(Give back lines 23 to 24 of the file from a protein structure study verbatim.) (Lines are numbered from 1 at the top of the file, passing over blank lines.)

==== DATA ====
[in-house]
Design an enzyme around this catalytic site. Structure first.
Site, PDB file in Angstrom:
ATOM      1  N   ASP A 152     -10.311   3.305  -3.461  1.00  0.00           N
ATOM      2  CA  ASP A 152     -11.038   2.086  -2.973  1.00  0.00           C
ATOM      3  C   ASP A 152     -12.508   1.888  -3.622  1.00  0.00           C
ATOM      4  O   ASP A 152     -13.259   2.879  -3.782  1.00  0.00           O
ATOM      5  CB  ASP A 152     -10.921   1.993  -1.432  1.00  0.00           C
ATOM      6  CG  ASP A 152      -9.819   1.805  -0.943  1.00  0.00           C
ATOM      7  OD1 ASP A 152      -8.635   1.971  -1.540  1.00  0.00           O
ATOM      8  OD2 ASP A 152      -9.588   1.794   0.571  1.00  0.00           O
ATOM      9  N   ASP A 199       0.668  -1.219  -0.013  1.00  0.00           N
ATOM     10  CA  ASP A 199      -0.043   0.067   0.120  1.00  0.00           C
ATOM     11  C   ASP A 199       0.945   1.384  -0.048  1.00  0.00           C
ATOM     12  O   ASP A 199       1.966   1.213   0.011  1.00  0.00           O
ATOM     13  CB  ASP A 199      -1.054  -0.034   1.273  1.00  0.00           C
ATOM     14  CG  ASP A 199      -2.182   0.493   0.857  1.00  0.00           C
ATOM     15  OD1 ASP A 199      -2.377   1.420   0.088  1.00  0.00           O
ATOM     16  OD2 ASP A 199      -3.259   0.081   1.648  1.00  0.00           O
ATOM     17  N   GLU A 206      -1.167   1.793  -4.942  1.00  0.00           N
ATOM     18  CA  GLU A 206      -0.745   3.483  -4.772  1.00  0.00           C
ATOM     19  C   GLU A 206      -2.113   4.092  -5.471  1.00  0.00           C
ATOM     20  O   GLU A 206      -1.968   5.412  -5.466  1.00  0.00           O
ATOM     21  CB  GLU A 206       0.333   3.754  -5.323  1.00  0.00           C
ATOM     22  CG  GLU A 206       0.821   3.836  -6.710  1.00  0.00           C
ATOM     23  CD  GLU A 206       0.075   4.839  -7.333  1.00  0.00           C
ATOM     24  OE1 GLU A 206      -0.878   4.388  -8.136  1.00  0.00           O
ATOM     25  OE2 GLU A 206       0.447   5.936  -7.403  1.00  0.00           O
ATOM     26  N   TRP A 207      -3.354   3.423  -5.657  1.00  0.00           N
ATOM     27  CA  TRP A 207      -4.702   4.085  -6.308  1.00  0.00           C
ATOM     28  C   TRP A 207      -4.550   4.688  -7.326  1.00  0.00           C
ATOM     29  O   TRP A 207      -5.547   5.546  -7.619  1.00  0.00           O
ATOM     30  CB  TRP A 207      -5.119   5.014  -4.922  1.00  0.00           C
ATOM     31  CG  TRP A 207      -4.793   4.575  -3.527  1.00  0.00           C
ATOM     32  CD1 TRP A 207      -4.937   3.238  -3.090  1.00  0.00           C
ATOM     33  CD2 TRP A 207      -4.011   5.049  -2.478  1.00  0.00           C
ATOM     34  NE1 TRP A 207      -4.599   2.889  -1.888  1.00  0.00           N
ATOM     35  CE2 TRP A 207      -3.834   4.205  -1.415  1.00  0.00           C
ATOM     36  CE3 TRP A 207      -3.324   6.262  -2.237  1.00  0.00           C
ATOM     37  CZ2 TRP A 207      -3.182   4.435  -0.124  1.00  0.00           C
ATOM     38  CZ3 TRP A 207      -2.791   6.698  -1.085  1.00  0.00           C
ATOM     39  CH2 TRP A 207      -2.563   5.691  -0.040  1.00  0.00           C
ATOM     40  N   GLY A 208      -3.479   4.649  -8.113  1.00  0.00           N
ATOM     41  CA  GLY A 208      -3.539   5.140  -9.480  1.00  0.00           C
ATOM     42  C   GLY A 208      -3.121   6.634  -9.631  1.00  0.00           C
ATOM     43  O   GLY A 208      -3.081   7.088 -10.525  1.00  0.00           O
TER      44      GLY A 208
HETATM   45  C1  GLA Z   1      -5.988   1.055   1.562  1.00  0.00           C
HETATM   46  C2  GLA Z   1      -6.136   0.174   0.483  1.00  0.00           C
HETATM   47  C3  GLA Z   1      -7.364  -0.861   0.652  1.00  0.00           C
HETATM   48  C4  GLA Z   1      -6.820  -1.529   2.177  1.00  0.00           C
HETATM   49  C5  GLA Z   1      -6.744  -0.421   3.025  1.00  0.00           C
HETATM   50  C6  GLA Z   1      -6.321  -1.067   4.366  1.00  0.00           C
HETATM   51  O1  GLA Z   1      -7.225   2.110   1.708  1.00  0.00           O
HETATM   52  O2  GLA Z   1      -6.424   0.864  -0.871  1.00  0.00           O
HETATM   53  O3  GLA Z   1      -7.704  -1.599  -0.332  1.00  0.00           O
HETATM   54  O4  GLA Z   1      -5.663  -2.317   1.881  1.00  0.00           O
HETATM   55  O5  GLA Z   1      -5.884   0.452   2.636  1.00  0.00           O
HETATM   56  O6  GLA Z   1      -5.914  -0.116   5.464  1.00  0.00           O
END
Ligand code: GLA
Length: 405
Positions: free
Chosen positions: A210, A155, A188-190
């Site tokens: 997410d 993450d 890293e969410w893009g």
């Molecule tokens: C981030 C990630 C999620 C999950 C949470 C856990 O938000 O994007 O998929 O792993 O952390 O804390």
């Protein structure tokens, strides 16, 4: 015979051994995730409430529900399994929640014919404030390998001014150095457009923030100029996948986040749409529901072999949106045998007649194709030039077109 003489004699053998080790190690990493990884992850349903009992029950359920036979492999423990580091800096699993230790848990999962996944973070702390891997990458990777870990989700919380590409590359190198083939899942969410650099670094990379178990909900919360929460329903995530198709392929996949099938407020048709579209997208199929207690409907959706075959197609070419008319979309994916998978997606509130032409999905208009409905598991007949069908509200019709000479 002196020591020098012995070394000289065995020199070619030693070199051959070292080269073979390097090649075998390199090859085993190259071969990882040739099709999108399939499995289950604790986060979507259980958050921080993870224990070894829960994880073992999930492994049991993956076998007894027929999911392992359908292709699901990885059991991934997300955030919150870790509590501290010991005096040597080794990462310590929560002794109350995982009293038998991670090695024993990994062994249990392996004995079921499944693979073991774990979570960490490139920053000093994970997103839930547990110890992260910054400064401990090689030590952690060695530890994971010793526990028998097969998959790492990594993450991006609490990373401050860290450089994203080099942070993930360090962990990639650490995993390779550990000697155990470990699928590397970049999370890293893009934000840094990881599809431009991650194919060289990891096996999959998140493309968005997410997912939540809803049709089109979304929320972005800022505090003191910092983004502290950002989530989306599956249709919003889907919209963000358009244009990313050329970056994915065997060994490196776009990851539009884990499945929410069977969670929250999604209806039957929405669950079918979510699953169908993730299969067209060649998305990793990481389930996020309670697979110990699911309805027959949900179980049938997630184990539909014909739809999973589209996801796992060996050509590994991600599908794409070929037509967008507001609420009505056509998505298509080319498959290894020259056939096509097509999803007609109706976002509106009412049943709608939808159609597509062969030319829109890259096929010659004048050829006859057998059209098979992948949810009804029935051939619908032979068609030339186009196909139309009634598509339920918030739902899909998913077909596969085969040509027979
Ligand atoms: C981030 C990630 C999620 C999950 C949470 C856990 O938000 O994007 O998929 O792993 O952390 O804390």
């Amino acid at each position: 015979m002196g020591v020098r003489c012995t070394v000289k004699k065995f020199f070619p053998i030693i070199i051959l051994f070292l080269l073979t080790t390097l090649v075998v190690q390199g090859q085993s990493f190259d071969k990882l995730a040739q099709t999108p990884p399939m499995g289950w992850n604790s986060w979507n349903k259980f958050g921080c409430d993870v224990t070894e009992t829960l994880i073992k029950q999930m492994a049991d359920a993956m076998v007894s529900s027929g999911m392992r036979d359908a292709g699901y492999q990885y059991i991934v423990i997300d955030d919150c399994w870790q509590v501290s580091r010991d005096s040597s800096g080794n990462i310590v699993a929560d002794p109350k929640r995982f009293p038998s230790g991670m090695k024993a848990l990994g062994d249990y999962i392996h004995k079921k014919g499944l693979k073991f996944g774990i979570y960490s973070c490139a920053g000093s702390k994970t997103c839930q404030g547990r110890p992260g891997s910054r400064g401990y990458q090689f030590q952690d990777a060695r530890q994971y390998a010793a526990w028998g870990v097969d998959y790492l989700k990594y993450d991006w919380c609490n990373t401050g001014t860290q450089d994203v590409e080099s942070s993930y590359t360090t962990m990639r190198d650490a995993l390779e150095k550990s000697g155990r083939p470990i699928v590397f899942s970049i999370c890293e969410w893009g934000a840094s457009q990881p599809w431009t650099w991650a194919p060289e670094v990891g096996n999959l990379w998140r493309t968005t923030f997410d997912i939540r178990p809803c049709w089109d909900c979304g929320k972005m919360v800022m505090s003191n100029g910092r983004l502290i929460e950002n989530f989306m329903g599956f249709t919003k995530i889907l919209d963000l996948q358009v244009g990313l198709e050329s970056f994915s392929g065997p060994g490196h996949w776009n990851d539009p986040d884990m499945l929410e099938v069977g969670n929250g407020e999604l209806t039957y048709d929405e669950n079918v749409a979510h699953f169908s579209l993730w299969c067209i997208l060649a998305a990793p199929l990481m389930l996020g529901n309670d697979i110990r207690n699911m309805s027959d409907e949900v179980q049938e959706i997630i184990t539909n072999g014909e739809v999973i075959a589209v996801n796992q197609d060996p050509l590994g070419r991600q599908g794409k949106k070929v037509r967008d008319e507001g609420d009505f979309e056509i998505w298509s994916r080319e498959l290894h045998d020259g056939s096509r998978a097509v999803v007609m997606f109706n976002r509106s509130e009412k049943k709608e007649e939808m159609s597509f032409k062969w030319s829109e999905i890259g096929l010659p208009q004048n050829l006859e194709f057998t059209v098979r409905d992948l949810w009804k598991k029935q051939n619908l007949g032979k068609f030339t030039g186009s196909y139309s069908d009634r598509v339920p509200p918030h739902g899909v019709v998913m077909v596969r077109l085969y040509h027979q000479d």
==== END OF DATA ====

ATOM     20  O   GLU A 206      -1.968   5.412  -5.466  1.00  0.00           O
ATOM     21  CB  GLU A 206       0.333   3.754  -5.323  1.00  0.00           C